If you’re about to study abroad, first of all, Congratulations! I am jealous of you! Second of all, you should be creating a study abroad blog. This post includes your study abroad blog anatomy checklist and suggestions for which resources to use for your blog.
A study abroad blog is typically thought of as a blog that posts photos and articles about your time there. It shows your weekend trips, your new friends, and might records the lessons you learn along the way. This style of study abroad blog is great for sharing your time with friends and family without having to write every single one of them individual updates. It also leaves you with a beautiful online scrapbook of your semester. But, I’m going to challenge you to take your study abroad blog to a new level.
Psst: For a step-by-step guide to setting up your own website or blog in 20 minutes, click here.
Blog with intention
What the noodles does that mean? Glad you asked! Blogging with intention is blogging to address and/or observe an issue. In the business world of blogging, bloggers make money by providing services or products to customers and solving problems. You’re not blogging to make money (maybe not yet!), but you’re blogging to address a problem. Think of this as an addition to your professional portfolio. Choose something important to you that you see in your host country and focus your blog on that.
Study abroad blog example
Here’re some examples of a standard study blog versus an intentional study abroad blog:
Abroad in Italy
Standard: My blog of the European cities I visit!
Intentional: My observations of the immigration crisis and its effect on Italian culture.
Abroad in Costa Rica
Standard: My extreme adventures.
Intentional: Photos and posts on how Costa Rica is handling climate change and climate change’s effect on Costa Rica’s economy and culture.
Abroad in Norway
Standard: Journies through the beauty of Scandinavia.
Intentional: Observations of gender equality and the world’s most socialist region.
Abroad in Japan
Standard: Learning more about Japan as I learn Japanese and see the culture through the language.
Intentional: Living somewhere my country was once at war with; living in a powerful country that does not have nuclear power.
You get the picture. You can choose something that you care about or that you want to build upon in your career and write about the state of that in your host country. This is a smart thing to do for yourself, you’ll learn much more about the country, and you will thank yourself.
Benefits of this study abroad blog
This may sound all great in theory, but it also may sound like two other things: time-consuming and perhaps sad (depending on your topic). I don’t deny that either of those may indeed be the case. But, I argue that the benefits of this sort of study abroad blog far outweigh those cons. Here are the reasons this study abroad blog will all sorts of rock your world:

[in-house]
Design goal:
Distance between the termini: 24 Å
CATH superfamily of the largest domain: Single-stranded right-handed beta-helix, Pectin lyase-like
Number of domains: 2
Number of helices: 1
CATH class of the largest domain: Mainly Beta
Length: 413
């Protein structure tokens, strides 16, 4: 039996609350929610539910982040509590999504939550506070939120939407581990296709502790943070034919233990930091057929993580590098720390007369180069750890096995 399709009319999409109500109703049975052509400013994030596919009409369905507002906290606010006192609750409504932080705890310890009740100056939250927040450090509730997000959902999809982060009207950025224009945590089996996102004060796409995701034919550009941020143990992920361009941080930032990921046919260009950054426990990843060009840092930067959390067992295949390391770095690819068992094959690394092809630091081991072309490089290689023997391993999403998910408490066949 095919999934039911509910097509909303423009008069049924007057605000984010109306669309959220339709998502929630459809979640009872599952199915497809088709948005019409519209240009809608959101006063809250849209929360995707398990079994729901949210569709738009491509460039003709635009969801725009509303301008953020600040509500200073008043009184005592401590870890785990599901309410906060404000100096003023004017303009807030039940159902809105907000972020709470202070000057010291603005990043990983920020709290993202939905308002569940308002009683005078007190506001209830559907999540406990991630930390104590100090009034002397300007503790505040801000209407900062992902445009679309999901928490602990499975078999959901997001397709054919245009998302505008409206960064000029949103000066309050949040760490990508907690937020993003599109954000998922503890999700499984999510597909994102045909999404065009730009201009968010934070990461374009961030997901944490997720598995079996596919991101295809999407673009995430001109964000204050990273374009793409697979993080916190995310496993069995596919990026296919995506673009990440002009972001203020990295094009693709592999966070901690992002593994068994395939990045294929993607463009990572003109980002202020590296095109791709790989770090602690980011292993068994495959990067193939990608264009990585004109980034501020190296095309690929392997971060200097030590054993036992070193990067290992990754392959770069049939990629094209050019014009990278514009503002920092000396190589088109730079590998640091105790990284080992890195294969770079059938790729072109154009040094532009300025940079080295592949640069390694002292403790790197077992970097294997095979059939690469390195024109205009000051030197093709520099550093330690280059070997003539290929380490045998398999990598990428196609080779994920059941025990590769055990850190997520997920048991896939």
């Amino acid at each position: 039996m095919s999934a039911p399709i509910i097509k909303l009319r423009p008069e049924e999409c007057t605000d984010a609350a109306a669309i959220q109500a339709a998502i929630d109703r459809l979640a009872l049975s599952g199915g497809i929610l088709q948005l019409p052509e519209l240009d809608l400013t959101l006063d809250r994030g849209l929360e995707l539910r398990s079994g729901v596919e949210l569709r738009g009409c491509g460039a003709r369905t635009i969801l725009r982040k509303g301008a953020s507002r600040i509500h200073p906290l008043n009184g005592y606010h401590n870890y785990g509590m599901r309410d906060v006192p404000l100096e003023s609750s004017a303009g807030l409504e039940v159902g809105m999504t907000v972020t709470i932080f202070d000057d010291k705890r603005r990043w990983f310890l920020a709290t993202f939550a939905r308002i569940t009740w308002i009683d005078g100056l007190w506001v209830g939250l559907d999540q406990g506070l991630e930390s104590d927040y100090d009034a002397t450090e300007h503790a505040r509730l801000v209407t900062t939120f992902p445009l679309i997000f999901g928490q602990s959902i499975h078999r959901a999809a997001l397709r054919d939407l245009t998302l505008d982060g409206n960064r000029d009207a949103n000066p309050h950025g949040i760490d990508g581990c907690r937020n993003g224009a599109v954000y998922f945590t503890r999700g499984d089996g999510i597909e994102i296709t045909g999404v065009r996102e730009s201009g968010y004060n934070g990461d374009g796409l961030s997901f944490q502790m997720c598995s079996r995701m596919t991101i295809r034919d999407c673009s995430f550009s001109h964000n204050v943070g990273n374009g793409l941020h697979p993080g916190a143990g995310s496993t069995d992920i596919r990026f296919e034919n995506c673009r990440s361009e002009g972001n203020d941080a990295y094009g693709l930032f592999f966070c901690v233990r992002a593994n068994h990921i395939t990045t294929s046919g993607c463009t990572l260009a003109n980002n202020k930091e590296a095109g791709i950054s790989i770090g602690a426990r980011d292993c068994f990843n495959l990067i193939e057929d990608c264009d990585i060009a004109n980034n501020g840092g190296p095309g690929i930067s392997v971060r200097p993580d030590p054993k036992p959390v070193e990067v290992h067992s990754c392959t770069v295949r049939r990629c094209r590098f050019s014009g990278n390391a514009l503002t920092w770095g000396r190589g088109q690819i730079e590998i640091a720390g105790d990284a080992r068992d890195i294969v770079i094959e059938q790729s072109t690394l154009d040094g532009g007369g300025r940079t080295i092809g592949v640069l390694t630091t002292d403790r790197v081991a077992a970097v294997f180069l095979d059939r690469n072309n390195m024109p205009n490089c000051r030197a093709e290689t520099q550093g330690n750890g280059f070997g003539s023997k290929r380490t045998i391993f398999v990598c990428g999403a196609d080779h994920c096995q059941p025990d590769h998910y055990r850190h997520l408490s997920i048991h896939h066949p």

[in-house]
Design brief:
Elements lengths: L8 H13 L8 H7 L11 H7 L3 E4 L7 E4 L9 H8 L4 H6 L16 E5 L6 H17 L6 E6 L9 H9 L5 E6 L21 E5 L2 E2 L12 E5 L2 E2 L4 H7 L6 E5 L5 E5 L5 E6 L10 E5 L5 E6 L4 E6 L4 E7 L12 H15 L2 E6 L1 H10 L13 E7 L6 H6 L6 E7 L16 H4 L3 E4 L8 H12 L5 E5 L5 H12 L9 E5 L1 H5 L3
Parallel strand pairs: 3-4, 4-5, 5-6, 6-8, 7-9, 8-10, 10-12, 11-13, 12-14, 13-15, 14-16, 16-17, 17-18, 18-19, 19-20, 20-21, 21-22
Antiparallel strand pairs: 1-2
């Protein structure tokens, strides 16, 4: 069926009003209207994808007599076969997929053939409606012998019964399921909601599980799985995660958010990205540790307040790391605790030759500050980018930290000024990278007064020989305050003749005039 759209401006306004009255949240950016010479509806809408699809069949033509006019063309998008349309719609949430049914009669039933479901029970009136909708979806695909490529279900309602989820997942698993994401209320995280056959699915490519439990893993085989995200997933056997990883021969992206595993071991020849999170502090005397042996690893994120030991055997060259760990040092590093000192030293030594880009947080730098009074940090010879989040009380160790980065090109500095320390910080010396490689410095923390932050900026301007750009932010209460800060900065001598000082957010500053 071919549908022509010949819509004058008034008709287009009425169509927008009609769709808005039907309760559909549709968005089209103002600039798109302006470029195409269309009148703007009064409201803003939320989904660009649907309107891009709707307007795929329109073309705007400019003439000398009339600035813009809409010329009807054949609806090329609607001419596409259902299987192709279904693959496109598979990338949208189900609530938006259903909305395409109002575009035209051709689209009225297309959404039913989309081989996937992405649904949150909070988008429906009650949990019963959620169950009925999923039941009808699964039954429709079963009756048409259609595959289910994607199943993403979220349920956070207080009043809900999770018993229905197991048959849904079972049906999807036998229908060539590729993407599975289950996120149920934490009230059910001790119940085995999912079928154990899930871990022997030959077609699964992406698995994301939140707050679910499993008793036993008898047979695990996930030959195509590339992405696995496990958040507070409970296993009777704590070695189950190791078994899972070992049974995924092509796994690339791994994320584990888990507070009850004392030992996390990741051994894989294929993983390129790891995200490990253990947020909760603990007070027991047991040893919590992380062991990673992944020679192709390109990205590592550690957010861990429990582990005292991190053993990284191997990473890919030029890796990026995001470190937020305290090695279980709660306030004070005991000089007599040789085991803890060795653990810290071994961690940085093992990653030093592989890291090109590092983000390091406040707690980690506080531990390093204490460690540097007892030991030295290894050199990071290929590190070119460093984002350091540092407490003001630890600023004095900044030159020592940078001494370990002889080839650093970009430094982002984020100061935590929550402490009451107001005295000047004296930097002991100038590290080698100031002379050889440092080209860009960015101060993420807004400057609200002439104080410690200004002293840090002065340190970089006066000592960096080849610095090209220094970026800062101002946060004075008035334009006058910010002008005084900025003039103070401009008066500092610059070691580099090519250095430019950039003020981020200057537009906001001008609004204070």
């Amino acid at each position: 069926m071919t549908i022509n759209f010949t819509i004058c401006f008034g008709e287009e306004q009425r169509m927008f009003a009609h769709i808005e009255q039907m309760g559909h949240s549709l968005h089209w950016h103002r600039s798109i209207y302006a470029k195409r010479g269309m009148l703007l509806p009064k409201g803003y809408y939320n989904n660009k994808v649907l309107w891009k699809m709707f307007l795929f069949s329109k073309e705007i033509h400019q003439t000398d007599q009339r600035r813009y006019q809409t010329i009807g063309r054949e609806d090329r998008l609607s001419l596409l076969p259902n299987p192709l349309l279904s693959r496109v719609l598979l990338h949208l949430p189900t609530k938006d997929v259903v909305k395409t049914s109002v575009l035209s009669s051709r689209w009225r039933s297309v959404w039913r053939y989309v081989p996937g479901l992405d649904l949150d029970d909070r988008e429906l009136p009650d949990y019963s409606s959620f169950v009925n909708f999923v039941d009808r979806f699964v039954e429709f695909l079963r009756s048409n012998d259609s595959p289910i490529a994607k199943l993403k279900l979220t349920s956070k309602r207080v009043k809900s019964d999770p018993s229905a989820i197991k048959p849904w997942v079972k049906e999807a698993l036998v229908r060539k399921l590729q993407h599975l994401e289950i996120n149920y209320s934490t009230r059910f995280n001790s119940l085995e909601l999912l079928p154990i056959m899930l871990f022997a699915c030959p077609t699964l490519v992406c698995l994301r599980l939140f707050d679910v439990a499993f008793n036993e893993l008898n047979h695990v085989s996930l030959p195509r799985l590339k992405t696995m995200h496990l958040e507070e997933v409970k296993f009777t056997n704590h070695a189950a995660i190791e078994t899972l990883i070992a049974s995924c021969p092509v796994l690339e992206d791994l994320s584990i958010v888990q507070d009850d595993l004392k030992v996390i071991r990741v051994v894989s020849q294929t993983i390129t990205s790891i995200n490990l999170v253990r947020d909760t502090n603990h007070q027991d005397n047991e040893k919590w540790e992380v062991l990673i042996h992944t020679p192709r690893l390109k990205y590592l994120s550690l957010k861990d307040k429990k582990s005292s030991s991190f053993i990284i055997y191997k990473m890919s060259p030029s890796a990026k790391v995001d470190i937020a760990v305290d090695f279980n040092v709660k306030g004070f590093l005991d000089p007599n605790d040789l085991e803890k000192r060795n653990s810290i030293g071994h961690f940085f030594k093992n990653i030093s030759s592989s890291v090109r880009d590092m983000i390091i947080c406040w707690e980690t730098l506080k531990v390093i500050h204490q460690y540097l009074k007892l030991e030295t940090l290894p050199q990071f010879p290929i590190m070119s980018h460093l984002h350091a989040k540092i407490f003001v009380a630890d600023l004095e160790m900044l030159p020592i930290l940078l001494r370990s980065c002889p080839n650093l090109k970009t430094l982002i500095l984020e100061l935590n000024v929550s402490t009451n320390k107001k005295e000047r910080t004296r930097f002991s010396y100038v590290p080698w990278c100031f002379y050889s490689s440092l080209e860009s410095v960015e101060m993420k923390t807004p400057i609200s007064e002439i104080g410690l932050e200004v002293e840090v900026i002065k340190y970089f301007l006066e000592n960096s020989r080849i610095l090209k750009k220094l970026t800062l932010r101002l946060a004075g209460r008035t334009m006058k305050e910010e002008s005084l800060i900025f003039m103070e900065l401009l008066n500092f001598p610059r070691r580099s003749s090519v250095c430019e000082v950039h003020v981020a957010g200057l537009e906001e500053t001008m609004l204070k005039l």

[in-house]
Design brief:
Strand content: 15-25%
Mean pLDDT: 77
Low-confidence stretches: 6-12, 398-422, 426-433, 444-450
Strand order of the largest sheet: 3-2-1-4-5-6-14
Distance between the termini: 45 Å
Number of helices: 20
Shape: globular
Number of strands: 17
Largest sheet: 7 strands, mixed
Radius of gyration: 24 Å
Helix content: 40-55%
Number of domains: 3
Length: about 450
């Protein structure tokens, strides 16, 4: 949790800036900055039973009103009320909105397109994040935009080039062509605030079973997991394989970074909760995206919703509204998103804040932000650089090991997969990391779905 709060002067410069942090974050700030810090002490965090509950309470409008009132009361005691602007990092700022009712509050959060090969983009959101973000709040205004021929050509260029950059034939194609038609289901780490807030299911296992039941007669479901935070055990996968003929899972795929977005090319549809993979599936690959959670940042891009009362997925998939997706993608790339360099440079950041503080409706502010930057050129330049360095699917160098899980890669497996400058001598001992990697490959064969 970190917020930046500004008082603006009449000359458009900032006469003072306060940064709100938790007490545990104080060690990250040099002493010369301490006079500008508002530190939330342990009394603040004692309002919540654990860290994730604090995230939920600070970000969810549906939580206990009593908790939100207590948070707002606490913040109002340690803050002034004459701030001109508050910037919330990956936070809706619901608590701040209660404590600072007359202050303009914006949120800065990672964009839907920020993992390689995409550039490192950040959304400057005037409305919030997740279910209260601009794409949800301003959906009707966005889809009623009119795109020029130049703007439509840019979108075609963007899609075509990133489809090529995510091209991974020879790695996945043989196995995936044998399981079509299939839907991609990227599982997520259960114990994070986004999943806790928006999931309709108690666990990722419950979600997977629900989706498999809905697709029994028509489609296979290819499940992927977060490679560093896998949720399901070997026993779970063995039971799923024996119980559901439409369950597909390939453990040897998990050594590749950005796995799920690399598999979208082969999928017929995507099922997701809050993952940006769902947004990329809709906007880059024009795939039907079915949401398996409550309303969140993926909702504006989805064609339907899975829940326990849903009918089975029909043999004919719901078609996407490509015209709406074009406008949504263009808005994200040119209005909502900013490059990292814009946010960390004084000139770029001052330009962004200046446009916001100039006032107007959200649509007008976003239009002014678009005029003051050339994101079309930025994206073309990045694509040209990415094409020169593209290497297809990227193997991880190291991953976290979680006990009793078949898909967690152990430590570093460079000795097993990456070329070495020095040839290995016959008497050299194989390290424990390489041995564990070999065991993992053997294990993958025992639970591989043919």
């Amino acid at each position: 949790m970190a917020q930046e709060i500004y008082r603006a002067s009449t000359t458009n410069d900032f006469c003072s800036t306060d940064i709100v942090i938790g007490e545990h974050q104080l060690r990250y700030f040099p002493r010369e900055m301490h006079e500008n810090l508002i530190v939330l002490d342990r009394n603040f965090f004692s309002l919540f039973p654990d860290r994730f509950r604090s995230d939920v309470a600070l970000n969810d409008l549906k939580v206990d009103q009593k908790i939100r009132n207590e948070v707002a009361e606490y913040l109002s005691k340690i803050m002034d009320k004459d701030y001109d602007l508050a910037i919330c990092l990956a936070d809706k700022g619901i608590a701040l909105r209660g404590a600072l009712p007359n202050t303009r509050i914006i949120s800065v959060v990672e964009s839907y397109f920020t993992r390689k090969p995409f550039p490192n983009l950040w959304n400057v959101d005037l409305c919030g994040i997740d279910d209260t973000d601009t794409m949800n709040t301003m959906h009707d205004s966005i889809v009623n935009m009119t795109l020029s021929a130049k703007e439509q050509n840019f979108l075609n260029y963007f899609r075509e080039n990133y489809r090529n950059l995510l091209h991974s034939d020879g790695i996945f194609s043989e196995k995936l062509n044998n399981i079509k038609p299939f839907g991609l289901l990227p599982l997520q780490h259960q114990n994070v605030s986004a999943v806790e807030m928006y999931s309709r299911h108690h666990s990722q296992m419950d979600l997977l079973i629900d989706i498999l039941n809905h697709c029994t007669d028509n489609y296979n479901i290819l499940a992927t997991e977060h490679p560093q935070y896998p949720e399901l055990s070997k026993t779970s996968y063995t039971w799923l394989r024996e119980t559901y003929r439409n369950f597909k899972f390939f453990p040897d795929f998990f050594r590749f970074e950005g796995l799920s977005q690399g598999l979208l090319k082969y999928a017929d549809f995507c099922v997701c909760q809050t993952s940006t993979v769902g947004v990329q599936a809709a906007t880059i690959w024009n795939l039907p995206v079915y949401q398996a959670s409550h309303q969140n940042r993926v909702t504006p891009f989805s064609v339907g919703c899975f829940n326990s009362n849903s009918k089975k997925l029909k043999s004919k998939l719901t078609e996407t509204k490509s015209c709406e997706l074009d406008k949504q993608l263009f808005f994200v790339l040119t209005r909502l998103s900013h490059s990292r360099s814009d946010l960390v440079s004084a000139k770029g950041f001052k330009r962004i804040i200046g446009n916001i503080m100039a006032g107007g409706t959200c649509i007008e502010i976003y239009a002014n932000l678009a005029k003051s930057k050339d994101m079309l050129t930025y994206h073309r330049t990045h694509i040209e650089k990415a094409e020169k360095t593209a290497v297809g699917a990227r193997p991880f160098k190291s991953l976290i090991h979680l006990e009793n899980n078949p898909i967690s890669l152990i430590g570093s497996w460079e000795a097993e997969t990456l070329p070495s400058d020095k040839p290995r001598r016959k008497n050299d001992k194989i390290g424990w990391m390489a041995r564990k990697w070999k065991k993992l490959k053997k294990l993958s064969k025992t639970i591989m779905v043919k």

You’ll learn so much about the culture of your host country.
When you first get to a country, it’s natural to run around with rose colored glasses. The country is probably great, don’t get me wrong. But, your study abroad experience is usually at least partially great because you are, well, studying abroad. You have new friends, more freedom, and less stress than you had at home; that’d be great anywhere! That’s not specific to the culture of your country. It’s important to separate what you’re experiencing as an exchange student versus what you’re experiencing in that country. If you’re observing with a specific purpose in mind, you’re going to pick up on more of the true culture and lifestyle of that country. You owe it to yourself to learn as much about the culture as you can! Don’t waste your time abroad.
You’ll expand your knowledge on a topic you care about.
If you chose to blog about a topic in the country that relates to your major and/or career field (a great idea!), you’ll learn new perspectives on this topic. It’s one thing to learn about an issue in a classroom. But, to see it first hand and to see how it effects the rest of the society as a whole is a new experience. For instance, I studied abroad in Costa Rica in college. I minored in environmental biology, which is why I was interested in Costa Rica (and it was as amazing as it sounds!). I knew quite a bit about climate change and environmental science from classes. But seeing how Costa Rica was dealing with climate change socially, politically, and economically was a whole new lesson. It is those sorts of insights that will set you ahead when you embark onto your career. Actively learning these effects is invaluable.
You’ll build your personal portfolio
This blog can become a platform for you to leverage your career and travel interests. If you take it seriously, you can add it to your LinkedIn, business cards, and resume (and I suggest you do!). It will reflect your writing skills, the initiative you take to pursue something you’re interested in, and show that you have a grasp on a specific subject matter. It also can (and likely will!) connect you with other bloggers who are interested in the same topics and issues. That’s networking gold right there. There are so many opportunities this blog could make for you that we can’t even imagine yet.
Ready, set, blog!
I hope that you’re sufficiently convinced that this type of study abroad blog is right for you. To start a blog, you need a domain and host website. This post comes with types of blogging platforms and the benefits of each and the price, so you can decide which one is best for you. Sign up below, and it’s yours! In fact, you’ll get access to my entire Study Abroad Resource Library with tons of helpful tips on study abroad and travel.